Kobe Bryant (289618)
Credit: Bill Moore photos

In commemoration of the one-year anniversary of NBA legend Kobe Bryant’s passing, a couple prominent Harlemites reflected on his local hoops history. Kobe, daughter Gigi, 13, and seven others died Jan. 26, 2020, in a Calabasas, Calif. helicopter crash. Kobe had several Harlem experiences prior to and after being the LA Lakers’ first-round pick in 1996’s NBA draft.

“Kobe was one of the best of his generation,” credited streetball legend Peewee Kirkland, also recalling playing against his father, Jellybean Bryant, decades ago. “He put in his work to develop his talents.”

Brother Shabazz, ambassador at Peewee’s School of Skillz basketball camp, added, “Jellybean brought Kobe to 125th Street [early ’90s] looking for [streetball legend] Joe Hammond. He wanted him to meet Joe so it’d hopefully inspire Kobe. They never met that day.”

While Kobe received many accolades for his five NBA championships and MVP awards throughout 20 seasons, one of his most memorable nights happened when he dropped 61 points on the Knicks at Madison Square Garden in February 2009. Another stellar feat occurred on a drizzling 2002 summer day before several hundred during the EBC tournament at Harlem’s famed Holcombe Rucker Park. After his death his jersey numbers 8 and 24 were drawn on Rucker’s court, and posters placed on the fence in his honor.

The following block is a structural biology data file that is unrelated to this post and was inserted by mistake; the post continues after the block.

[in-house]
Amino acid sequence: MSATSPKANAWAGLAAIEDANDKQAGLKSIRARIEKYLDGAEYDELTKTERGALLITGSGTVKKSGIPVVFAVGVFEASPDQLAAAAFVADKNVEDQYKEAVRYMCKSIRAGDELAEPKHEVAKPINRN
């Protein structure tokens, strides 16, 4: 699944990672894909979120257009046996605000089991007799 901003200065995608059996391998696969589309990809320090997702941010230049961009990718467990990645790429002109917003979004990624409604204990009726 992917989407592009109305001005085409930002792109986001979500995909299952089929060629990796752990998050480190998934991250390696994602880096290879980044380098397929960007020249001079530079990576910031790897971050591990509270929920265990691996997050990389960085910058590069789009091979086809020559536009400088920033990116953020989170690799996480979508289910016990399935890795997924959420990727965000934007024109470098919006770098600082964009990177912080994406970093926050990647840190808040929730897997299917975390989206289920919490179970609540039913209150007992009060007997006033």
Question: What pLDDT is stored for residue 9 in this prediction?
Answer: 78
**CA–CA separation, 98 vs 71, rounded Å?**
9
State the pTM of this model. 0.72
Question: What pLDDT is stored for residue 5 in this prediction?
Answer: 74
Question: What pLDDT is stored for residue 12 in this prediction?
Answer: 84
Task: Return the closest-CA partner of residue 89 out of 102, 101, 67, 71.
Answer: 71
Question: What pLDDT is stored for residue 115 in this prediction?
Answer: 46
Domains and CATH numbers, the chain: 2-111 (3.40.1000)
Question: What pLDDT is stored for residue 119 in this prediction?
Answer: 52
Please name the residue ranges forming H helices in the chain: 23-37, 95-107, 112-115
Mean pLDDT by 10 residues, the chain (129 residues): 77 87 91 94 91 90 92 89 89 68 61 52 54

Fresh off the Lakers’ three-peat, Bryant’s unannounced performance caused the already packed stands to swell even more as word spread to the nearby Polo Grounds. His entourage ushered him in akin to a championship boxer’s bout, and the crowd exploded upon his introduction unlike any other NBA baller amongst the galaxy of stars who have played there.

Unrestricted by NBA refs, he had the freedom of blacktop’s rules and played hard while still utilizing playground antics like dribbling off defenders’ backs, freezing opposition with crossovers, and bouncing reverse-layups off backboards. The game’s MC, “Hannibal” Banks, branded Bryant “The Lord of the Rings,” “Kobe-wan Kenobi” and “The Final Frontier,” among other monikers. His freestyle playing won over the hard-to-please crowd who were accustomed to elite talents; however, rain cut his 15 points, 7 assists, 7 rebounds performance short.

“The memory I’ll definitely take away is the people down there at the game watching…and interacting with them,” Bryant said afterwards. “It’s the basketball knowledge and the passion that people have in the city.”

He returned to Rucker’s in 2009 for the World Basketball Festival as an instructor to youths. After his 2016 retirement Bryant started the Mamba League Youth Clinic in Los Angeles, and in 2019 extended it to Harlem’s Dunlevy Milbank Center. Previously he had sponsored Harlem’s Rice High School basketball team.

“I started Mamba League to help kids develop basketball skills and life skills. Our line for the league is ‘play, learn and grow.’ This is really important to me and reflects what I want to share with the young athletes about my own journey,” Kobe explained upon establishing the Harlem league.

Peewee concluded: “Kobe was an unbelievable basketball player, one of a kind, he was a scoring machine. He really impressed when he played point guard. God bless Kobe, Gigi and the seven other passengers who passed that day. He’ll be remembered as one of the best who ever did it.”